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Rural towns seek to support, attract residents
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Rural towns seek to support, attract residents

Father-and-son Michael and Nick Helland

Father-and-son Michael and Nick Helland are the sixth and seventh generations to farm the family land in Story County, Iowa. But as farmers age and more young people move away, rural communities face obstacles.

HUXLEY, Iowa — The sign on the barn says 1861, making it 150 years since the Helland family started this farm.

Nick Helland looks up at it.

Michael and Nick Helland

Nick Helland farms with his father, Michael. At 39 years of age, Helland understands that agriculture is one profession where he can still be considered young.

“My dad and his brother are the sixth generation on this farm,” he says. “Dustin and I are the seventh.”

Dustin is his cousin. Helland farms with his father, Michael, as well as Dustin and Dustin’s father, Charles. There’s history here.

But Helland also recognizes that not all farms have made it to the seventh or even the second generation. The average age of farmers continues to rise. The number of farmers continues to drop. Population trends show people moving away from small towns to larger metropolitan areas.

At 39 years of age, Helland understands that agriculture is one profession where he can still be considered young.

“I keep asking how long I can call myself a young farmer,” he says with a laugh.

Technically, he could do it for a while. The 2017 Census of Agriculture indicated the average age of farmers in the United States was 57.5 years, an increase of 1.2 years from the 2012 Census of Agriculture.

Perhaps just as important is that the 2020 U.S. Census shows the trend continues of people moving away from rural areas and toward metropolitan areas.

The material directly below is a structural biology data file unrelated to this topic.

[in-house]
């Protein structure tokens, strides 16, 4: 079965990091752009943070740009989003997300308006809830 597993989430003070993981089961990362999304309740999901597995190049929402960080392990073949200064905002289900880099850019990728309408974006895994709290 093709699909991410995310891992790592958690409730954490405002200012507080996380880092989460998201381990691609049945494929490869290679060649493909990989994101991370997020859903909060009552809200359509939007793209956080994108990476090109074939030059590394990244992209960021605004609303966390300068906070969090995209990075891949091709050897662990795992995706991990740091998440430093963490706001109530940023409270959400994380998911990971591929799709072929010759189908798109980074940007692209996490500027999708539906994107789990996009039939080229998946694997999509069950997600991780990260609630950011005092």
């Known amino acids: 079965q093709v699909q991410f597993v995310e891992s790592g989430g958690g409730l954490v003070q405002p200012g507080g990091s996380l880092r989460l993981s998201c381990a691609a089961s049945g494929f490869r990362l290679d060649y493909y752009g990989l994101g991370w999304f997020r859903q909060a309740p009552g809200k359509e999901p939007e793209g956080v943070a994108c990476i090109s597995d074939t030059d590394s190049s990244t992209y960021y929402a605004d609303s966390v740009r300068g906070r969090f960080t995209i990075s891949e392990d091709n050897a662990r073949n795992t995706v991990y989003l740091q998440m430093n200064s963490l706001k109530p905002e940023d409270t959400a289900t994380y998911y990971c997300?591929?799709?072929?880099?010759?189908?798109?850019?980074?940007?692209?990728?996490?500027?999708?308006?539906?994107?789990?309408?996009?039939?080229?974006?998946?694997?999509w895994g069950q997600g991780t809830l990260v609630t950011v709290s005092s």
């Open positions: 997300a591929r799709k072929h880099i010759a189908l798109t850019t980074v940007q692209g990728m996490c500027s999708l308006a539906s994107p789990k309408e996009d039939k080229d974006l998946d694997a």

“In general, between 2000 and 2010 a lot of areas managed to keep the baby boomer generation,” explains Sandra Burke, an Extension research scientist at Iowa State University.

But she says those baby boomers are getting older and the younger generations have tended to leave. The usual trend the census shows is that young people leave to get an education and often don’t return to rural areas.

As a result, there are often population losses in rural areas, and the average level of education also tends to be lower in some of those areas, Burke says.

That is not necessarily the case where the Helland family farms. Huxley sits between Ames and Des Moines, meaning it is growing rather than shrinking. It is easier to get young people to stay. There are more jobs and amenities. The downside is that there is also more pressure from nearby urban sprawl.

Helland and other farmers hope that one of the lessons of the COVID-19 pandemic is that people can work from anywhere and that raises the possibility of more people being able to live and work in rural areas in the future. But he says that vision of the future only works if those rural areas have access to the high-speed internet that working from home requires.

He says leadership programs offered by many agricultural organizations can help young farmers. He has been involved in the ILEAD program through the Iowa Corn Growers Association.

“It lets me bounce ideas off other people,” he says, allowing him to get input to help in making decisions on the farm. “It’s better for all of us (to talk and network). For me it’s been absolutely critical.”

It is just one example of the ways farmers have tried to adapt to the demographic changes they face. And that is important, because the statistics don’t indicate those trends are likely to go away soon.

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Gene Lucht is public affairs editor for Iowa Farmer Today, Missouri Farmer Today and Illinois Farmer Today.

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